Effective Therapy Treatments for Anxiety

Anxiety can be normal. It is one of the survival mechanisms the human system uses to keep away painful experiences. However, when one becomes too anxious too often, then there is cause for worry. The most common sign of an anxiety disorder is extreme fear and worry.

Understanding Anxiety

Generalized Anxiety Disorder (GAD) is the most prevalent form of anxiety. Also known as free-floating anxiety, it is described as extreme worry and fear when there is little or no cause for it. Panic Disorders or panic attacks, involve intense overwhelming anxiety that comes with acute physical distress. Other known anxiety disorders include social phobia – (a case of irrational fear of social situations that could disrupt one’s normal life), obsessive-compulsive disorder, and specific phobias.

Treating Anxiety with Therapy

A constant or elevated level of worry and fear is enough reason to seek therapy. A therapist is in the best position to recommend treatment for anxiety. Restlessness, fatigue, dizziness, chest pain, heart palpitations, shortness of breath, and abdominal distress are all indicators of anxiety disorder.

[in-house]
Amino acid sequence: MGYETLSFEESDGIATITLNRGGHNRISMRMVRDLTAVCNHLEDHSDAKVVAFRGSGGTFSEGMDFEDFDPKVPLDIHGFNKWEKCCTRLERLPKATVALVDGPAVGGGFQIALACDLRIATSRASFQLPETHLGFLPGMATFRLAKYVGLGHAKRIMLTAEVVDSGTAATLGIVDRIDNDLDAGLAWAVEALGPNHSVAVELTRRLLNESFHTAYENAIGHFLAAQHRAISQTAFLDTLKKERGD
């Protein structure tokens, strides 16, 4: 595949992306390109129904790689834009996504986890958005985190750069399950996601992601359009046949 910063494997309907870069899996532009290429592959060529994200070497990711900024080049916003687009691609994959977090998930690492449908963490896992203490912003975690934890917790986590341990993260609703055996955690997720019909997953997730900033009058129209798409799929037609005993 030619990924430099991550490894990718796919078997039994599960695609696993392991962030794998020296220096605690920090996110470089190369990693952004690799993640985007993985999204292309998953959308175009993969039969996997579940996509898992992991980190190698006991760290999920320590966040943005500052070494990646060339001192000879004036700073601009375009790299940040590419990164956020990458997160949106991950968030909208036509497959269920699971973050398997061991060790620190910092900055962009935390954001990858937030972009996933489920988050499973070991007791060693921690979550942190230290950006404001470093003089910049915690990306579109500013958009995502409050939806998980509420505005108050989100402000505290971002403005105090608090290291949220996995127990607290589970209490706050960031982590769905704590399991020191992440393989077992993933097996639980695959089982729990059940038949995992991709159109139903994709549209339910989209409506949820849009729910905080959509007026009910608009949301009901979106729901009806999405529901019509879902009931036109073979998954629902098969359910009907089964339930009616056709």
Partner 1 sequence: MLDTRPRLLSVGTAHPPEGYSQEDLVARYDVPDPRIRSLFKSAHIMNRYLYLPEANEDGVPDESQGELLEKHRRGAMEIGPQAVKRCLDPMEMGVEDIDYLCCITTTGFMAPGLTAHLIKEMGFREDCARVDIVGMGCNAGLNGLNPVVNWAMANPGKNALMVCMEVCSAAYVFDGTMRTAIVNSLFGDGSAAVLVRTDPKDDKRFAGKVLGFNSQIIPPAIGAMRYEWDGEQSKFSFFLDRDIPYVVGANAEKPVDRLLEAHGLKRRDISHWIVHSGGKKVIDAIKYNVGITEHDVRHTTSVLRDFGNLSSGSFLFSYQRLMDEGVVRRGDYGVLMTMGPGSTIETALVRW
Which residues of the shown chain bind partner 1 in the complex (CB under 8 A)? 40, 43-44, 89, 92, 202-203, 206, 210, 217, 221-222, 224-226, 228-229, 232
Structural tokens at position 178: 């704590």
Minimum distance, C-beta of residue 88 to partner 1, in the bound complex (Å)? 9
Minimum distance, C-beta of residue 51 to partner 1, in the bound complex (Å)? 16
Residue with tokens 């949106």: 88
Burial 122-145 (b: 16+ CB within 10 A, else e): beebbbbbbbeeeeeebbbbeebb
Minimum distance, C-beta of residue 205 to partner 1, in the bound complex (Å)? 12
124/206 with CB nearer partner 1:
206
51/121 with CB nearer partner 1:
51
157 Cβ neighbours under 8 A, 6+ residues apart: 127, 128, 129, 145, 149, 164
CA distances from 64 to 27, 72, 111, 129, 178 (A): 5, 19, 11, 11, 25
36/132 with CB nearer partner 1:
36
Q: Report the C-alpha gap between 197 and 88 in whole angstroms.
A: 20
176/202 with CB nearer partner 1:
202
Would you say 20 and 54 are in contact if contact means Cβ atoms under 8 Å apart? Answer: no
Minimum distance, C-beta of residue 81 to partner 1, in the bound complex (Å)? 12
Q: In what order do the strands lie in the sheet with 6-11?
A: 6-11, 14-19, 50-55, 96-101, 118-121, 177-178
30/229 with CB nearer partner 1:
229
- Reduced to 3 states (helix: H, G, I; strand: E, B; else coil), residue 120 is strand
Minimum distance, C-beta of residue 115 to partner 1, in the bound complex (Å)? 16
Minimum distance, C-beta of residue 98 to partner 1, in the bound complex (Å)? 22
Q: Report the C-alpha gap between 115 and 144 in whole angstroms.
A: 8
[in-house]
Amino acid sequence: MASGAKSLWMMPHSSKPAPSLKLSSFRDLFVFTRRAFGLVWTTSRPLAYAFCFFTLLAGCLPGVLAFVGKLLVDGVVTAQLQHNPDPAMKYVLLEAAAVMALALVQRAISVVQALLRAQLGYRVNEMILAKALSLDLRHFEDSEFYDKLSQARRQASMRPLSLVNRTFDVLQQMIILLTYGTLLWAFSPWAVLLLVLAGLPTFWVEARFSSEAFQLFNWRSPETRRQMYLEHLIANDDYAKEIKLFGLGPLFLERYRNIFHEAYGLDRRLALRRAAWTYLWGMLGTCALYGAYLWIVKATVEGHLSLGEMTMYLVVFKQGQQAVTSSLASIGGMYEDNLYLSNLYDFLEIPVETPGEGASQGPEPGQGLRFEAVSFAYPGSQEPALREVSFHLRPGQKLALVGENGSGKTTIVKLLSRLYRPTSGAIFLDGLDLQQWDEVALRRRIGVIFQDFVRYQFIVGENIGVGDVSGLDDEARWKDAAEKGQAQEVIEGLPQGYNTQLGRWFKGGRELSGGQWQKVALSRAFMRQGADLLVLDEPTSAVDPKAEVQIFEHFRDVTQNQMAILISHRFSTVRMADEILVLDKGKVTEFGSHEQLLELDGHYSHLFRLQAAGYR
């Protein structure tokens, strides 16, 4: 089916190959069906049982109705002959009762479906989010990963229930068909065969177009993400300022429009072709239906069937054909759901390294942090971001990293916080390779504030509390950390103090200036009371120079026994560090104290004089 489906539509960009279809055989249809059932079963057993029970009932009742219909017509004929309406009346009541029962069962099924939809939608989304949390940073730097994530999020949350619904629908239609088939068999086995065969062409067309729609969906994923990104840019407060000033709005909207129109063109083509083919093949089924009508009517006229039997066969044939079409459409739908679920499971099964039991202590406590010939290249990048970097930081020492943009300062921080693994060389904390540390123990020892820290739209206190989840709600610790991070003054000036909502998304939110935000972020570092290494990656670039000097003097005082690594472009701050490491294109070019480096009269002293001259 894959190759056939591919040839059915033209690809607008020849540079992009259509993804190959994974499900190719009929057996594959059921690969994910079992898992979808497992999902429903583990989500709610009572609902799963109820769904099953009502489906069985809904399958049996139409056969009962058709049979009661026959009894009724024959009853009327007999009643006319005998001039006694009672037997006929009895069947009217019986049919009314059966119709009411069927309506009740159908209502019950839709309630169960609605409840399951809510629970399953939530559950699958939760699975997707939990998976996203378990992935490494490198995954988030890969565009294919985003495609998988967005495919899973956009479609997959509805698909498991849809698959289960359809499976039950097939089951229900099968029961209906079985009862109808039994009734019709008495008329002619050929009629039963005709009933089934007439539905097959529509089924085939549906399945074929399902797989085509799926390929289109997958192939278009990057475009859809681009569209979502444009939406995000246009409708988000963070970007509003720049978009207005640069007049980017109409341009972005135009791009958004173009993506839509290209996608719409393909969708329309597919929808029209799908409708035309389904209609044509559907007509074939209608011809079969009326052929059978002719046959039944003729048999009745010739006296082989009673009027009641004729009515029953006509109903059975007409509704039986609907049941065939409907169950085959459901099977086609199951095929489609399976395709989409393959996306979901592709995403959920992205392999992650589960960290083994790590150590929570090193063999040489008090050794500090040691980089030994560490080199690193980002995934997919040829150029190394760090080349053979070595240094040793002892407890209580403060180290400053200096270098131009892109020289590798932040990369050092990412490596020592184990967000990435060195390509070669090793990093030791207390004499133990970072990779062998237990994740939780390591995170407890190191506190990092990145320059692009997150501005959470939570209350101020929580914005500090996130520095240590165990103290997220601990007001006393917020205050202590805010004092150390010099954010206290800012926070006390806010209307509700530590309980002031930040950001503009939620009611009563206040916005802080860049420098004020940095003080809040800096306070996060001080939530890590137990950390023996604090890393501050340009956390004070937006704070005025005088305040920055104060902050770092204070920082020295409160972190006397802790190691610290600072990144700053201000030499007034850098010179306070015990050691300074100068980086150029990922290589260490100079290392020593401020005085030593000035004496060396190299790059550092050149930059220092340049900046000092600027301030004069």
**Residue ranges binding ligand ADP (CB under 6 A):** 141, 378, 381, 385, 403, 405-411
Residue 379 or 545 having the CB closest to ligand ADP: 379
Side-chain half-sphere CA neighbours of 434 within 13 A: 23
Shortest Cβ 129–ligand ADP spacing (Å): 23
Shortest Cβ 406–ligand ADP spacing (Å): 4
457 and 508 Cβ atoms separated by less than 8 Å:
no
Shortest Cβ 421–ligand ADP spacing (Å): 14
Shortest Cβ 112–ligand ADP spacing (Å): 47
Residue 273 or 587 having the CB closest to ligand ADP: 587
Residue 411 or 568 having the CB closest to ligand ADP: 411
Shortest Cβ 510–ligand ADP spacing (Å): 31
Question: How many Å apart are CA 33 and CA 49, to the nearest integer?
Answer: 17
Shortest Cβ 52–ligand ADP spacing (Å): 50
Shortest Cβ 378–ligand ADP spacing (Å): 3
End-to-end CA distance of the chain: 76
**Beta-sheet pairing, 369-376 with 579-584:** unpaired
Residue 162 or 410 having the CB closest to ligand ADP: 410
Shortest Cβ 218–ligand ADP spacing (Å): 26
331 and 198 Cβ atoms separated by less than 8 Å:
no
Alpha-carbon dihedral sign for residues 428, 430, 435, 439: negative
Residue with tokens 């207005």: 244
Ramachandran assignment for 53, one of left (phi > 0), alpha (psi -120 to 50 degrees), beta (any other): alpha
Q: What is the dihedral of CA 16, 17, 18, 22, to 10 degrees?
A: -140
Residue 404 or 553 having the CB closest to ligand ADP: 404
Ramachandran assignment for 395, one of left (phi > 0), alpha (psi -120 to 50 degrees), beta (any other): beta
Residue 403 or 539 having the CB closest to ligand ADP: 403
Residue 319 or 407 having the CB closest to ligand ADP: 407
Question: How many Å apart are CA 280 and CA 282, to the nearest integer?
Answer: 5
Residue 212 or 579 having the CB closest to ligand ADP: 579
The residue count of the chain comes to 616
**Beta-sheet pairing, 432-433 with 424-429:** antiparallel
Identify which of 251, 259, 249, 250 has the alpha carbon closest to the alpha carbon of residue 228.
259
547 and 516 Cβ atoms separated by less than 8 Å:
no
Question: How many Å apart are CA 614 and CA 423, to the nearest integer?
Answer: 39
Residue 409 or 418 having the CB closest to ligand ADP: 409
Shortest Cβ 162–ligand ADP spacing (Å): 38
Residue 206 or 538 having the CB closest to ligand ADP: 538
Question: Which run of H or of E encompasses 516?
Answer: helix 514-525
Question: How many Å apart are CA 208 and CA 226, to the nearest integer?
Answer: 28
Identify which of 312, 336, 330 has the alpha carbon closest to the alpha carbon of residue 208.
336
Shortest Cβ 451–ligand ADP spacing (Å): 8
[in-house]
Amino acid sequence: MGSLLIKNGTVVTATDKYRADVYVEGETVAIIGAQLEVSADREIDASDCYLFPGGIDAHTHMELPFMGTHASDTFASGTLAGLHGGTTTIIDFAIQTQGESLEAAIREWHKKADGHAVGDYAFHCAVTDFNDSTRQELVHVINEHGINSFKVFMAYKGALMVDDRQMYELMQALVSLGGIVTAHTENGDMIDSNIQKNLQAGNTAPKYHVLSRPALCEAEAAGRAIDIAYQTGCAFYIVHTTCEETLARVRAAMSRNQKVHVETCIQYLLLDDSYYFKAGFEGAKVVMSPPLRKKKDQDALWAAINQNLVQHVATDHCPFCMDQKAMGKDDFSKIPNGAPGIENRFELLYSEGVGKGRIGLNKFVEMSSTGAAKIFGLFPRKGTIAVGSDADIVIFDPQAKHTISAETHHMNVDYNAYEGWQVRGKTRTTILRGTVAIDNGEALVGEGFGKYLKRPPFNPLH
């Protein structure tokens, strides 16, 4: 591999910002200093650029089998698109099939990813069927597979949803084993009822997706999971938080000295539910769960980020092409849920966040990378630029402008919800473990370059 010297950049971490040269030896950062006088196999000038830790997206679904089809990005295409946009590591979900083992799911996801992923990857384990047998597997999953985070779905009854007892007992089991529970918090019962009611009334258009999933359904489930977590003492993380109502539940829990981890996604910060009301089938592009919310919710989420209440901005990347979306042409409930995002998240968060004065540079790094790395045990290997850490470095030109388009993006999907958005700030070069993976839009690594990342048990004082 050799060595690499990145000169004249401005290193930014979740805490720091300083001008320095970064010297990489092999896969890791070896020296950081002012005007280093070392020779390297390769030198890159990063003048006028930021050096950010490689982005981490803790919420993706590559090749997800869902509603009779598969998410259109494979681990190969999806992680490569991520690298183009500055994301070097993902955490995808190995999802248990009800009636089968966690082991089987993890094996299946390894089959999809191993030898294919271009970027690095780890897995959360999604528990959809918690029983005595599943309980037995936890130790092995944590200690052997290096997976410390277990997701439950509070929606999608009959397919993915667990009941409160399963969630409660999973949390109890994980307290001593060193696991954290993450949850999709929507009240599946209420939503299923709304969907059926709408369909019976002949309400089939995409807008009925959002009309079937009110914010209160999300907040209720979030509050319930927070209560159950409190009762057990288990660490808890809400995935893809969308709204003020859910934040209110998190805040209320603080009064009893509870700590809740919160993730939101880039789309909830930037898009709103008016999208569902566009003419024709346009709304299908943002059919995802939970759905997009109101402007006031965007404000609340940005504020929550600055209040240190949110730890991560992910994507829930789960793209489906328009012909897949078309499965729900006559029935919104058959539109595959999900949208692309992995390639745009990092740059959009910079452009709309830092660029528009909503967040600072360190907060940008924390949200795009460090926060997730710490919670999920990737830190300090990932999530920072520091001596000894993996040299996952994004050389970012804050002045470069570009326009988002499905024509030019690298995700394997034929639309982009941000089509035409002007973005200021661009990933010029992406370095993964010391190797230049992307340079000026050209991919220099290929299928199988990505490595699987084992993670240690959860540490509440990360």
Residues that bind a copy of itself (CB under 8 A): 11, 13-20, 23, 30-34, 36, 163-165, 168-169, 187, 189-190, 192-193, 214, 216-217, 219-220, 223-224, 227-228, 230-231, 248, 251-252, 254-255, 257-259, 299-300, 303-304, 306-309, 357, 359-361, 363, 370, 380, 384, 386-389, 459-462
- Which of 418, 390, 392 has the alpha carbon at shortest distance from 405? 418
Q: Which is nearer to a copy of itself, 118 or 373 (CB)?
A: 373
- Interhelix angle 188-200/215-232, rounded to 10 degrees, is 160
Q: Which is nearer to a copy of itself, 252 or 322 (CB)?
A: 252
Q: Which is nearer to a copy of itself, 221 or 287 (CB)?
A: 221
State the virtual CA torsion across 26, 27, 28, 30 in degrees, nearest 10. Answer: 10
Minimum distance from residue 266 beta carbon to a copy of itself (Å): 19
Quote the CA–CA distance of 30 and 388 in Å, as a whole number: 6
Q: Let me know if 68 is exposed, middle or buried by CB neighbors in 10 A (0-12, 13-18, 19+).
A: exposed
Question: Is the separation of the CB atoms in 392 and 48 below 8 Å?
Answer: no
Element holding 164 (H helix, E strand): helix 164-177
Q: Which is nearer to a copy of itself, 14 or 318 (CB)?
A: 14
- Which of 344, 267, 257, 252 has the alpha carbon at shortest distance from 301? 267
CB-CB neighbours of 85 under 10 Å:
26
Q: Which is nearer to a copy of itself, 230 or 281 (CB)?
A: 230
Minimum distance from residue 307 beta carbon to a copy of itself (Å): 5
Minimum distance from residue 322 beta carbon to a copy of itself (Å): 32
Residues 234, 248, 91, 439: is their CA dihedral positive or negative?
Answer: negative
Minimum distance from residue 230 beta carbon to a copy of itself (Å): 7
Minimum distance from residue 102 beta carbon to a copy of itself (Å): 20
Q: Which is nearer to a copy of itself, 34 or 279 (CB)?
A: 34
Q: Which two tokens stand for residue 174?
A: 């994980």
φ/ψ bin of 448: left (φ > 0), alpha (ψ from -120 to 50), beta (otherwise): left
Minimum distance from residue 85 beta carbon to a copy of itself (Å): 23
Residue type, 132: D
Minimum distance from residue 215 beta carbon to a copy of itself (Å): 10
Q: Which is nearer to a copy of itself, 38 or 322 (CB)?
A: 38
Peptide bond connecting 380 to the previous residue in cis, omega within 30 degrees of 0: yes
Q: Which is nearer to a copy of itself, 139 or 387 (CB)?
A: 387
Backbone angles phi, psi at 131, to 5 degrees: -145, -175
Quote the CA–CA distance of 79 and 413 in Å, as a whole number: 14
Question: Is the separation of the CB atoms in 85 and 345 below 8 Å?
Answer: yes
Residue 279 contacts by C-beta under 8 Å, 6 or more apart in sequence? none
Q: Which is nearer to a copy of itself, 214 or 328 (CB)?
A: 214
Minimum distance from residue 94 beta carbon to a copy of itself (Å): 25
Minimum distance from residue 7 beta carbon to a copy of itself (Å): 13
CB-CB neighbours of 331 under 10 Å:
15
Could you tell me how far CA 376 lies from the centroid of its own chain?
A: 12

There are various known psychotherapies for anxiety disorders. The most common therapies for anxiety are Cognitive Behavioral Therapy (CBT) and Exposure therapy. These can be used alone, combined, or used with other therapies. Unlike medication, which treats the symptoms, therapy addresses the root cause of anxiety.

Cognitive-Behavioral Therapy for Anxiety

Cognitive-Behavioral Therapy (CBT) helps the patient understand and manage anxiety. This anxiety therapy has two components: the cognitive component identifies root cause and triggers of one’s anxiety while the behavioral component deals with the skills to better handle the anxiety. CBT helps one identify and replace negative thoughts associated with one’s anxiety with positive and relieving thoughts. This process usually involves a series of assignments and activities that gradually build the capacity to cope with anxiety.

Exposure Therapy for Anxiety

Here, the patient is systematically exposed to the fear/anxiety trigger. By confronting the cause of fear, this therapy reduces the patient’s impulsive fearful reaction to the object of fear. The therapist usually targets the minor triggers before the major ones. These triggers may be internal like fearful thoughts, or external like crowds.

Complimentary Therapies for Anxiety

There are other therapies that can go hand in hand with anxiety therapies, such as meditation and relaxation, yoga, exercise, group therapy, family therapy, and stress-management techniques. Certain lifestyle adjustments may also be considered. One may want to limit the intake of alcohol, caffeine, nicotine and other medications while obtaining treatment for therapy.

Understanding Child Therapy